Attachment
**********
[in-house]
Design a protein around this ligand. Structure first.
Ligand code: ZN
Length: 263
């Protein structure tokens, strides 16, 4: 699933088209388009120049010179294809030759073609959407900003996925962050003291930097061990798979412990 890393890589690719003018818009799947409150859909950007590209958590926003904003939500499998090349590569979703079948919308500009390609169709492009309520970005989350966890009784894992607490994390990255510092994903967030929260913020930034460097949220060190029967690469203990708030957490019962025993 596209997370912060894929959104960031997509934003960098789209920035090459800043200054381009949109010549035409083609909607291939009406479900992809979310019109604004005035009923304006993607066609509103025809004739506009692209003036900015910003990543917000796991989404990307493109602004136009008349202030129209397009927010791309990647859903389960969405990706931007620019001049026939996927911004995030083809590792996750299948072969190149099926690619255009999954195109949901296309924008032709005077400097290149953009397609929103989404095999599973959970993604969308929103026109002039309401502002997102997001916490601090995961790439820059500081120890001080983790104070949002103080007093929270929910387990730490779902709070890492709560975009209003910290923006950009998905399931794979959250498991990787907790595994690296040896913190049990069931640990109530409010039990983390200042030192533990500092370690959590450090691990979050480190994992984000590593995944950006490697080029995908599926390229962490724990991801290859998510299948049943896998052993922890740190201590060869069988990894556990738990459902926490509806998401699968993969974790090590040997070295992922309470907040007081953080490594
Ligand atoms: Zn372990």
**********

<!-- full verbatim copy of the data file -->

[in-house]
Design a protein around this ligand. Structure first.
Ligand code: ZN
Length: 263
């Protein structure tokens, strides 16, 4: 699933088209388009120049010179294809030759073609959407900003996925962050003291930097061990798979412990 890393890589690719003018818009799947409150859909950007590209958590926003904003939500499998090349590569979703079948919308500009390609169709492009309520970005989350966890009784894992607490994390990255510092994903967030929260913020930034460097949220060190029967690469203990708030957490019962025993 596209997370912060894929959104960031997509934003960098789209920035090459800043200054381009949109010549035409083609909607291939009406479900992809979310019109604004005035009923304006993607066609509103025809004739506009692209003036900015910003990543917000796991989404990307493109602004136009008349202030129209397009927010791309990647859903389960969405990706931007620019001049026939996927911004995030083809590792996750299948072969190149099926690619255009999954195109949901296309924008032709005077400097290149953009397609929103989404095999599973959970993604969308929103026109002039309401502002997102997001916490601090995961790439820059500081120890001080983790104070949002103080007093929270929910387990730490779902709070890492709560975009209003910290923006950009998905399931794979959250498991990787907790595994690296040896913190049990069931640990109530409010039990983390200042030192533990500092370690959590450090691990979050480190994992984000590593995944950006490697080029995908599926390229962490724990991801290859998510299948049943896998052993922890740190201590060869069988990894556990738990459902926490509806998401699968993969974790090590040997070295992922309470907040007081953080490594
Ligand atoms: Zn372990």